NEW research shows that urban living encourages exercise and socialising.
Contrary to popular belief, busy city centres beat suburban living when it comes to human wellbeing, as socialising and walking make for happier, healthier people, according to a new report.
Downtown residents – packed together in tight terraces or apartment blocks – are more active and socially engaged than people who live in the sprawl of suburbia, according to a report that aims to challenge popular beliefs about city life.
Its authors said their findings should encourage politicians to promote the benefits of built-up city living.
“If we can convince policy makers that this is a public health opportunity, we can build well-designed communities and in the long term, you have made a big difference in health outcomes,” its co-author Chinmoy Sarkar said.
“With evidence, we can plan multi-functional, attractive neighbourhoods that promote physical activity, promote social interaction, and shield from negatives such as pollution and feeling unsafe.”
The study by Oxford University and the University of Hong Kong (UHK) showed that in 22 British cities, people living in built-up residential areas had lower levels of obesity and exercised more than residents in scattered, suburban homes.
“As cities get more and more compact, they become more walkable. In denser residential areas, they are better designed and more attractive destinations. We are less dependent on our cars and use public transport more,” he said.
Sarkar, assistant professor at UHK, said policies and planning needed to catch up with the data, rather than relying on urban myths about what makes cities work.
The study showed that areas of suburban sprawl with about 18 homes per hectare – such as poorly designed neighbourhoods near motorways, where driving is the only option – had the greatest rates of obesity and lowest rates of exercise.
Suburban areas with few homes – often privileged communities with big gardens and open spaces – were healthier than this, but lagged behind the most densely populated areas in inner cities.
Walking makes the biggest difference, said Sarkar, and social interaction and physical activity thrive best in compact communities.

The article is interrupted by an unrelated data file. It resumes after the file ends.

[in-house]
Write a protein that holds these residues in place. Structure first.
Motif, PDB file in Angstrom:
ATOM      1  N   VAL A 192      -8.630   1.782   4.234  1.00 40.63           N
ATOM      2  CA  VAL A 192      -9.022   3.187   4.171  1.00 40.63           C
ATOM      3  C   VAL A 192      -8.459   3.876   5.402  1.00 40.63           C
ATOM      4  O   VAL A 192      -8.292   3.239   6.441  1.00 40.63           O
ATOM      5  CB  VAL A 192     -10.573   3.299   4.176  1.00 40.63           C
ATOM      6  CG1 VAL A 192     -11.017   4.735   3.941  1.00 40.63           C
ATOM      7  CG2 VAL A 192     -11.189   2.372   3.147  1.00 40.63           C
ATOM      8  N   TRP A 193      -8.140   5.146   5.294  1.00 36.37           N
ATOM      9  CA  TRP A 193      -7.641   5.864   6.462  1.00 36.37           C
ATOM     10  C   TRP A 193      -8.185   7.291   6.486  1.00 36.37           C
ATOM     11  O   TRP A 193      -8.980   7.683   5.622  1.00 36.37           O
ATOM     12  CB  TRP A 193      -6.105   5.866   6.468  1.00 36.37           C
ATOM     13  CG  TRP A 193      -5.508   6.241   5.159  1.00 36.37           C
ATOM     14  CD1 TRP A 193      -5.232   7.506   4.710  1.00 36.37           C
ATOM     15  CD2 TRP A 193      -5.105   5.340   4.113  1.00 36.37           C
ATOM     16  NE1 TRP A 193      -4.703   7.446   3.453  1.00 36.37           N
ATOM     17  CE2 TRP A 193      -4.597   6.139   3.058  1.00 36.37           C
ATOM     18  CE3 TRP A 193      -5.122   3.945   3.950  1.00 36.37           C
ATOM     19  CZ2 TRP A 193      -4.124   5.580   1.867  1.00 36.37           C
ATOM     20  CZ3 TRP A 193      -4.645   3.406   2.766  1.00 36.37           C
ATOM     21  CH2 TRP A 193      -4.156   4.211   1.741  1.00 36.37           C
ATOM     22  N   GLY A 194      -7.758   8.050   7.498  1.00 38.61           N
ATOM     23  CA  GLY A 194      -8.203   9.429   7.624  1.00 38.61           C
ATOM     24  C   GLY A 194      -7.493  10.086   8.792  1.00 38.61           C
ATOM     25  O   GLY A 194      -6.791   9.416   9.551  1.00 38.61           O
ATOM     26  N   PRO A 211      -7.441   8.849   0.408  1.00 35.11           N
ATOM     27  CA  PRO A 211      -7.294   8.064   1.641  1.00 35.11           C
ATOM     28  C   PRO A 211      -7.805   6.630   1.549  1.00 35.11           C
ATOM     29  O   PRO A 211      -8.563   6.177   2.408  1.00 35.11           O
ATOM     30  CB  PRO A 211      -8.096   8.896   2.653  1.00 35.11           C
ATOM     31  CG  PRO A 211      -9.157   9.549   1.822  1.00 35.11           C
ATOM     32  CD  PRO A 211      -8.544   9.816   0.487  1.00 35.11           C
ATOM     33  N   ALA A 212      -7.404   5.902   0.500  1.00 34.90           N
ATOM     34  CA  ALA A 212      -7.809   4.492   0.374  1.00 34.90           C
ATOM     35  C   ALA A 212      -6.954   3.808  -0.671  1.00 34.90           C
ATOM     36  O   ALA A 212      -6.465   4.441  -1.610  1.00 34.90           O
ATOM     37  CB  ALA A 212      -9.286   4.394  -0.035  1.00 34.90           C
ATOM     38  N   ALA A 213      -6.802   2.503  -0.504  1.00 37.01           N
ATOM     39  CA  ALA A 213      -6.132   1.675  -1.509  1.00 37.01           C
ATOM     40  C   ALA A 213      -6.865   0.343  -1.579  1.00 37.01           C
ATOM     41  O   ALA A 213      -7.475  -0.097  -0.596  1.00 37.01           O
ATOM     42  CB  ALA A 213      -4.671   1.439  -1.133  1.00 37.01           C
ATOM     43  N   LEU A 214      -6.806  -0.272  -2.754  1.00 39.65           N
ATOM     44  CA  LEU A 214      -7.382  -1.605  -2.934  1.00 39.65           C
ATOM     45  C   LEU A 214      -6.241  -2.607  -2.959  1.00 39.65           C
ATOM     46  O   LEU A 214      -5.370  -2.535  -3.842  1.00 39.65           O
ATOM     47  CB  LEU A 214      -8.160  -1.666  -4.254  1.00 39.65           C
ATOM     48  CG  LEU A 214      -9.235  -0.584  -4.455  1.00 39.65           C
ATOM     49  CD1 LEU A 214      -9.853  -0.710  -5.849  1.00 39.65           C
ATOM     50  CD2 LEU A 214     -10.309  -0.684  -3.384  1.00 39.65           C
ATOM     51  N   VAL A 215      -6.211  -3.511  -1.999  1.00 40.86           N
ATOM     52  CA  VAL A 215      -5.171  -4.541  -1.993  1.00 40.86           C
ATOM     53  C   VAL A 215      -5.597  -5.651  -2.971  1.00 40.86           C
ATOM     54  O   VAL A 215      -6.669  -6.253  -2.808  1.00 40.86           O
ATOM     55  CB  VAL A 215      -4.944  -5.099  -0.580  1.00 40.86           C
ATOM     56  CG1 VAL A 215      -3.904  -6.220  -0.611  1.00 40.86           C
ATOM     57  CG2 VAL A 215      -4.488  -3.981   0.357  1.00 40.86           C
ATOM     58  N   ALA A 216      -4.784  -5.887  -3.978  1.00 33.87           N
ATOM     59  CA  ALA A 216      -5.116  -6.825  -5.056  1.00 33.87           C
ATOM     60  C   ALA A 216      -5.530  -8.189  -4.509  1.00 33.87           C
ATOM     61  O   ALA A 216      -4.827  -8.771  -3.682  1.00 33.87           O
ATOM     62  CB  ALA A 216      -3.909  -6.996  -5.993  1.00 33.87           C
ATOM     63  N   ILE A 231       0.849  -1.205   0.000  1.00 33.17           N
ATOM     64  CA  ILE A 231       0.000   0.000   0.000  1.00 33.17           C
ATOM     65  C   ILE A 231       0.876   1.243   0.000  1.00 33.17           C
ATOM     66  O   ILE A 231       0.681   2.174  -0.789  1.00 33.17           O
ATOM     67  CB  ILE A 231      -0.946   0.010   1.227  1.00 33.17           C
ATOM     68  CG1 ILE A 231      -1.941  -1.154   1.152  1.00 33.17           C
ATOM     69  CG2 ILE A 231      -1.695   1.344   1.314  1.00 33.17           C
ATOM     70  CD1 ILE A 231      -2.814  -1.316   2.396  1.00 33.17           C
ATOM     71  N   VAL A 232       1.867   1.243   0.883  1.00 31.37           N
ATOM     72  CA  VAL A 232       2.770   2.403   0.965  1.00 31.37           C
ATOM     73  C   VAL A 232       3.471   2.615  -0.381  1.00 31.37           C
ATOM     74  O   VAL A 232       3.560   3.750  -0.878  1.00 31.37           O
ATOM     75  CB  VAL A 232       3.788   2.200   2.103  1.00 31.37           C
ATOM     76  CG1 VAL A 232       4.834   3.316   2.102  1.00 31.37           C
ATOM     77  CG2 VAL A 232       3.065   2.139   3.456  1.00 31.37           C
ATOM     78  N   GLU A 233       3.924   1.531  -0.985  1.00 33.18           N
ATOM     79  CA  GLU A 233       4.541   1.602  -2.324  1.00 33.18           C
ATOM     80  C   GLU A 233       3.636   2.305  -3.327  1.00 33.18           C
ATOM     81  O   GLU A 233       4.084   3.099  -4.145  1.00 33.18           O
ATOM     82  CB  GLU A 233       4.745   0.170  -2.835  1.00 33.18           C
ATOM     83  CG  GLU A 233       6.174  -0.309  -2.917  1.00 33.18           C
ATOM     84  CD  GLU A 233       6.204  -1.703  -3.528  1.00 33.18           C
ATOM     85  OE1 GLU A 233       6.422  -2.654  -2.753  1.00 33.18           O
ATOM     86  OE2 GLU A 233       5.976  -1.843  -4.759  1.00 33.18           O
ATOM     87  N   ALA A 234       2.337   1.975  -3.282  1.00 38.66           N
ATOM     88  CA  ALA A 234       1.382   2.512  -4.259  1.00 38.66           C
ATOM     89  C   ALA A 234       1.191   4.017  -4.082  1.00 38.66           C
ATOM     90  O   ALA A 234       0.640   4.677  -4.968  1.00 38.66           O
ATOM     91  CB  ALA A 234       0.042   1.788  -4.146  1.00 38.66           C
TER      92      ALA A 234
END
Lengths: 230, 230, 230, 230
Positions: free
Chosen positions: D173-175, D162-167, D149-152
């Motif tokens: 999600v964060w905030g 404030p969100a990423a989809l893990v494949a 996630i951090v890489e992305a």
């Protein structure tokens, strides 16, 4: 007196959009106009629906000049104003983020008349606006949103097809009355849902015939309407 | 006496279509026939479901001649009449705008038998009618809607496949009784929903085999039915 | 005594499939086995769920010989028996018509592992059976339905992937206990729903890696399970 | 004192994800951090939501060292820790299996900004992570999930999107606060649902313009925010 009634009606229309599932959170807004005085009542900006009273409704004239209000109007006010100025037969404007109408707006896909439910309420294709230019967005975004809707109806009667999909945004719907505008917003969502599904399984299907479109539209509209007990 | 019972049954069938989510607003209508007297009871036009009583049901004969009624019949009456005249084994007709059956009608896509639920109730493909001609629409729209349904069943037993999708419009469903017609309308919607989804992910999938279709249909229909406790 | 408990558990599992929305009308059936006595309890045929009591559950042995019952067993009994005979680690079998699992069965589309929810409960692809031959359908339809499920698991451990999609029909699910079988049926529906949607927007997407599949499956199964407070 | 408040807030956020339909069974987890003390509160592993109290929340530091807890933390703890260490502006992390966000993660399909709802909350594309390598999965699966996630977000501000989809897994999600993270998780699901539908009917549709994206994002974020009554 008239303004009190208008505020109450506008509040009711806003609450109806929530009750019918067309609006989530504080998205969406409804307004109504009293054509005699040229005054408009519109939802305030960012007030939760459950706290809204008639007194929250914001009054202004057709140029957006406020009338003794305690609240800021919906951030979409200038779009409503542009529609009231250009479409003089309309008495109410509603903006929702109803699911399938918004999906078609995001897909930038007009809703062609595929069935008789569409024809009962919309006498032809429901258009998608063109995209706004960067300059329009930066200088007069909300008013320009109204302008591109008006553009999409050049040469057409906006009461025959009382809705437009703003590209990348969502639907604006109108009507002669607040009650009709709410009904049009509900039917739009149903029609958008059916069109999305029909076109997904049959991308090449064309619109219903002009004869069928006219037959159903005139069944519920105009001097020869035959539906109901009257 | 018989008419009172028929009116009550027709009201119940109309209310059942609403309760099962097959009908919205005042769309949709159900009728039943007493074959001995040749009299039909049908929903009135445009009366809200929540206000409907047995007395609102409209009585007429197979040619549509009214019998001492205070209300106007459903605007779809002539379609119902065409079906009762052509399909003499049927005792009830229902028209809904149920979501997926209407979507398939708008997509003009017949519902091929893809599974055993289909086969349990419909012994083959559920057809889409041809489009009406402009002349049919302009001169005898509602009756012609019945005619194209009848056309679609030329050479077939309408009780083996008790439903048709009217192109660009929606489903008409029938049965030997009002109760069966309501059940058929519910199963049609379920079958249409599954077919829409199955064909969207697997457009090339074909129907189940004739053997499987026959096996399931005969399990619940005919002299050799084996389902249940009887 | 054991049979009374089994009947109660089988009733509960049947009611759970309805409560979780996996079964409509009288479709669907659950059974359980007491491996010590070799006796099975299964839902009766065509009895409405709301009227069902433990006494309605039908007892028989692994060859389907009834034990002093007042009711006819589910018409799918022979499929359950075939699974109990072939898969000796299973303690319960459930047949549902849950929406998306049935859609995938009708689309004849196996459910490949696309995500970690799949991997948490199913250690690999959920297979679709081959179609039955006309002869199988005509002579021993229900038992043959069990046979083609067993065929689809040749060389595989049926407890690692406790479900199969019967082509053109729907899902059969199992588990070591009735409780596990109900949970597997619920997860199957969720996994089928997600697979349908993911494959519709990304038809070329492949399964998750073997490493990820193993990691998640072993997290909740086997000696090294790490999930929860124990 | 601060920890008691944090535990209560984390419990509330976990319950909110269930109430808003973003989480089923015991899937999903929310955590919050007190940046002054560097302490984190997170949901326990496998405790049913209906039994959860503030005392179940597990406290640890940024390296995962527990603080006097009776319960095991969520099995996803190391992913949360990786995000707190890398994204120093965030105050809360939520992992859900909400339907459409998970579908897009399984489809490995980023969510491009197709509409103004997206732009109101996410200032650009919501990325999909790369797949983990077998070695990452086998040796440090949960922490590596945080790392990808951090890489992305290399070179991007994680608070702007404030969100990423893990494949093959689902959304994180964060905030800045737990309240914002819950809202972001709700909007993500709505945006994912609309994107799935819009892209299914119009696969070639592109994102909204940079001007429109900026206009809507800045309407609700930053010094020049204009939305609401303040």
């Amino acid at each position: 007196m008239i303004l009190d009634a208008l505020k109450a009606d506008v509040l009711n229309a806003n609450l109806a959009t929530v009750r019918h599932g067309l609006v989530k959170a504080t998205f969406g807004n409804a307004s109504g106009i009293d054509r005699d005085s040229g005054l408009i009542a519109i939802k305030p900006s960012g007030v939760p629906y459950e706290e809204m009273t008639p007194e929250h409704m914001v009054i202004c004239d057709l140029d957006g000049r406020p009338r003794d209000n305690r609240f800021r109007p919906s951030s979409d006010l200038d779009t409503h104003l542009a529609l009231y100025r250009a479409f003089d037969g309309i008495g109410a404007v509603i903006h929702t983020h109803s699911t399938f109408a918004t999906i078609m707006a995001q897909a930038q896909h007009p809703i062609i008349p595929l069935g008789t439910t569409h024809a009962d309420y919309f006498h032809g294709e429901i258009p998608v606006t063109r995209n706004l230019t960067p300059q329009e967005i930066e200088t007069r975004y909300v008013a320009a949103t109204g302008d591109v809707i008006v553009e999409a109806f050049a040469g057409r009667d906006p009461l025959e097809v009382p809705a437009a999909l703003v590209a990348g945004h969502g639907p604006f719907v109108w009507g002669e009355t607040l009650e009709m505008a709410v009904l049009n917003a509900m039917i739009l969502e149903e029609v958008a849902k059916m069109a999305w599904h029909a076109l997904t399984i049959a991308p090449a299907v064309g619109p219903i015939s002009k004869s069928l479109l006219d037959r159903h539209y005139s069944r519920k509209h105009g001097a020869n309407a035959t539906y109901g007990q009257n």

The study compared more than 400,000 residents of cities including London, Glasgow and Cardiff and found the best health came in areas with more than 32 homes per hectare, the average density for new building in Britain.
This level, typical of developments of standalone semi-detached suburban houses, is less than a quarter of the density of Georgian terraces of London’s desirable Islington and Notting Hill.
Sarkar called into question British polices such as laws to restrict suburban houses from dividing their plots and filling in more homes in gardens, which have sought to preserve suburbia’s open and emptier spaces.
In January, the government announced it would build 17 new towns and villages across the countryside in a bid to ease a chronic housing shortage. But Sarkar said policy makers should think again before building on green fields.
Despite spiralling house prices and government targets to build a million homes by 2020, Britain’s restrictive planning system has prevented high-density, urban development due to fears that it would lead to high-rise, low-quality blocks of flats, according to a government paper released in February.
London remains one of Europe’s most sparsely populated major cities, with less than half the density of Madrid, Barcelona and Paris, and below Milan, Berlin and Rome.
The paper urged local authorities to reverse their long-standing opposition to built up residential areas by highlighting London’s mansion blocks and terraced streets, all of which encourage a strong sense of neighbourhood. (Thomson Reuters Foundation)